Twenty-five years ago, Geoffrey Panos went looking for the heroes of the "greatest generation" and maybe something more.

He went looking for the soldiers of World War II, specifically, the Army Rangers. He found them in trailer parks and mansions and subdivisions around the country. He collected their stories. He grew to love them and vice versa. One of them even died in his arms.

At odds with his own befuddled generation — the children of the '70s — he attached himself to another and found kindred spirits.

"If you weren't there, you should have been," the old Rangers told him. They made him an honorary World War II Ranger, telling him, "That means you'll be the last one. We'll all be dead."

With this to draw upon, Panos was a natural to write their story.

He is working on a three-volume history of the Rangers of World War II that has been 20 years in the making. During the past two years, he took a break from the project to tell a largely fictional account for the big screen. He wrote the story for the soon-to-be-released "Saints and Soldiers" and co-wrote the screenplay with Matt Whittaker.

For Panos, it was a labor of love and always has been. With family money to back him, he could have done anything he wanted after graduating from the University of Utah. Instead of fast cars and golf, he hit the library.

He read volume after volume of history. Eventually, he went straight to the source. He tracked down soldiers around the country. He interviewed more than 150 of them, some of them for two or three days. He collected hundreds of maps, letters and photos ("I love research and nerdy stuff like that," he says). And he walked the great battlefields of Europe with many of the old Rangers.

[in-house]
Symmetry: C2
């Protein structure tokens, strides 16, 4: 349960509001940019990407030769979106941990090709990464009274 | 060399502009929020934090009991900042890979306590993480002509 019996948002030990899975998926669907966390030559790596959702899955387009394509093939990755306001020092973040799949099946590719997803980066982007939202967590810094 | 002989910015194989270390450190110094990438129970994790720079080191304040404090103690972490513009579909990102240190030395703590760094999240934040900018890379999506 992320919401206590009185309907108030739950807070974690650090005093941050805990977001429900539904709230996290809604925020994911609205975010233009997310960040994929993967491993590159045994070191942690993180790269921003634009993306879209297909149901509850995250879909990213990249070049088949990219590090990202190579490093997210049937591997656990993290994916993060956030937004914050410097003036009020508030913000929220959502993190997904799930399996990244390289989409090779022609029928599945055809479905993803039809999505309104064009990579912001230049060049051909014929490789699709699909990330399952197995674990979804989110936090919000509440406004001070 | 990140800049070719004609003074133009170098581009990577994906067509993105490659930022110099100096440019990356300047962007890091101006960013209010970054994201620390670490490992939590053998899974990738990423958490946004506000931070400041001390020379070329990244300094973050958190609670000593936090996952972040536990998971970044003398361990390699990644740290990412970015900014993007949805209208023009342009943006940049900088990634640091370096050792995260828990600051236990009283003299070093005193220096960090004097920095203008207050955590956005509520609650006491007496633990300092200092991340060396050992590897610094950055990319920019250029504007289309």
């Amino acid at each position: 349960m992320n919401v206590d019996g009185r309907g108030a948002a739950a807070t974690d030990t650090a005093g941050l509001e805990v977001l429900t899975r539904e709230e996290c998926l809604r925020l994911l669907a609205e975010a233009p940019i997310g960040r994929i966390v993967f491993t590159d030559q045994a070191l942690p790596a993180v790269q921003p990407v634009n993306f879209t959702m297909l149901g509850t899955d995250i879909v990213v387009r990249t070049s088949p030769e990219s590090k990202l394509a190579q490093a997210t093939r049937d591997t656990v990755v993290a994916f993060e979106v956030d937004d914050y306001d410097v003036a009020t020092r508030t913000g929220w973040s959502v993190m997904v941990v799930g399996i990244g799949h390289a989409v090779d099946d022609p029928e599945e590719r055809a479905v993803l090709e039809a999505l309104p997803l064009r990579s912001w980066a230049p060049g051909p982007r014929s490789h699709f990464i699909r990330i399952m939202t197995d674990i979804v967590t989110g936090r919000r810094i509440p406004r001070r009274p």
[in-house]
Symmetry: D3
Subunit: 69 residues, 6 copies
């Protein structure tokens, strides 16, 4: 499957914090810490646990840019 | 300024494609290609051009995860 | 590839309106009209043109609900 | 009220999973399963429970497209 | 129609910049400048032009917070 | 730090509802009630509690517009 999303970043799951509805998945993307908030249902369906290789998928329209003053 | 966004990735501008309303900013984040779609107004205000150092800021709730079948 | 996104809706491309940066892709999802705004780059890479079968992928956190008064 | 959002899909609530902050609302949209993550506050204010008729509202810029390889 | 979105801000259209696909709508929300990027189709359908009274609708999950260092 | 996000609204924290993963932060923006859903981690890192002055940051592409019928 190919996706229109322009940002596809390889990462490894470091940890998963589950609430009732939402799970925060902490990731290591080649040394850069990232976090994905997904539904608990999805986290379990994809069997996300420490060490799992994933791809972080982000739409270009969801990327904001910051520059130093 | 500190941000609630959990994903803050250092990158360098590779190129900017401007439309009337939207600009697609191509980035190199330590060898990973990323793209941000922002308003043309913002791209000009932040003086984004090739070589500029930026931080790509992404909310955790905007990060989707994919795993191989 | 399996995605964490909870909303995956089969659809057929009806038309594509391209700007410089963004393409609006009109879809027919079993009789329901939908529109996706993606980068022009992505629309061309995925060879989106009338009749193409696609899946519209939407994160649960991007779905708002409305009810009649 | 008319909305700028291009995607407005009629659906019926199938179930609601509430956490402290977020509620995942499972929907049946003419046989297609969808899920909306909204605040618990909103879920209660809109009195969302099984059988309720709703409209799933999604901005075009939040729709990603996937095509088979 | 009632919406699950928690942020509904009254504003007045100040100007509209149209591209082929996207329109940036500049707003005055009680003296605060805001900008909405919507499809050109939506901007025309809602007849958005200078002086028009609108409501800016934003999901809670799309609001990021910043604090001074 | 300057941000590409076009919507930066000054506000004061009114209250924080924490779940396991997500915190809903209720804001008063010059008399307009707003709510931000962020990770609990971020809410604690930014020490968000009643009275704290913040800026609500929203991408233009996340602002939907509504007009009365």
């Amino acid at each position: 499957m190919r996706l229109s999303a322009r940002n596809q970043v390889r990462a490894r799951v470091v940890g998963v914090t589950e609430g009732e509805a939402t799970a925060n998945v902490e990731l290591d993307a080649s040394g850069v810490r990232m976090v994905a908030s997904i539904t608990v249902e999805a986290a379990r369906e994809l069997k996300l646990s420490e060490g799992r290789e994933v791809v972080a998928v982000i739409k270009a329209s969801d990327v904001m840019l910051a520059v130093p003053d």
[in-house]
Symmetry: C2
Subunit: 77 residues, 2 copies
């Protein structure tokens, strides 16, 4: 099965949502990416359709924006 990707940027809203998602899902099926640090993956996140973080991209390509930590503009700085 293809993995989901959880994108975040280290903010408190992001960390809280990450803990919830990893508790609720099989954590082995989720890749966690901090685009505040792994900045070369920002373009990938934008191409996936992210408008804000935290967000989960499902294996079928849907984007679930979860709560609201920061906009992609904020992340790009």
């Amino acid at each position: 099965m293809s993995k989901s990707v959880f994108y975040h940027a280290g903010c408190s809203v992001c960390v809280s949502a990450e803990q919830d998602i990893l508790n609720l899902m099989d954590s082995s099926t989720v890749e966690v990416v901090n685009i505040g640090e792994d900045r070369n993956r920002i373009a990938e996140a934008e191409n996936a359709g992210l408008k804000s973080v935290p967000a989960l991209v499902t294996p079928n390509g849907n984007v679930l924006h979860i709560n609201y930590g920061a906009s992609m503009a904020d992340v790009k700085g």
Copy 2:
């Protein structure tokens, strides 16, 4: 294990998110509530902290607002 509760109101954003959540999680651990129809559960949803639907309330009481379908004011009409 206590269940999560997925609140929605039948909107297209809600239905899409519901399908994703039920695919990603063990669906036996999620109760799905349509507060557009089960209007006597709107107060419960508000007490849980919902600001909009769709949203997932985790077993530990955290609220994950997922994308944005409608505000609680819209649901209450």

"I felt lucky," he recalls. "How would you like to walk with the men who fought at Gettysburg and be able to ask them about it? At the time, I knew how special this was."

As one might expect, when it came time for the movie, which is set at the Battle of the Bulge, Panos and his co-creators were sticklers for details, right down to the type of playing cards the soldiers used, the wrist watches they wore, the Lucky brand cigarettes they smoked and the Jeeps they drove. Most war flicks neglect to fill the magazine pouches on the soldiers' belts — but not these guys. ("That drives people who know war crazy," says Panos.)

When Mother Nature failed to provide the winter scene they needed while filming in Utah's mountains, they used truckloads of Betty Crocker potato flakes for snow.

"It was still cold; we were freezing," says Panos, who appears in the movie and is killed twice. "It felt like we were there."

He didn't tell the story he would have written in his youth. Now 52, he exchanged action for more dialogue and character development to tell the fictional story of a handful of men who survived the Malmedy Massacre.

Panos is frequently asked to speak about his association with the old heroes of the great war. He can rarely get through a speech without choking up.

"It was a special generation. I saw John Wayne in all of them.

"They were men. They grew up in the Depression. Then they went to war. I really hated the late '60s and '70s. My generation suffered from prolonged adolescence."

Choking back tears, he continues: "It always breaks my heart to go through (recordings of) the interviews. Almost all of these men are dead.

"They're telling me all these details about their lives. I deal with ghosts and spirits. These are my friends, and they're almost all gone. They told me I'd be the last one, and it's true. Oh, man, I loved those guys. I loved 'em."


Doug Robinson's column runs on Tuesday. Please send e-mail to [email protected].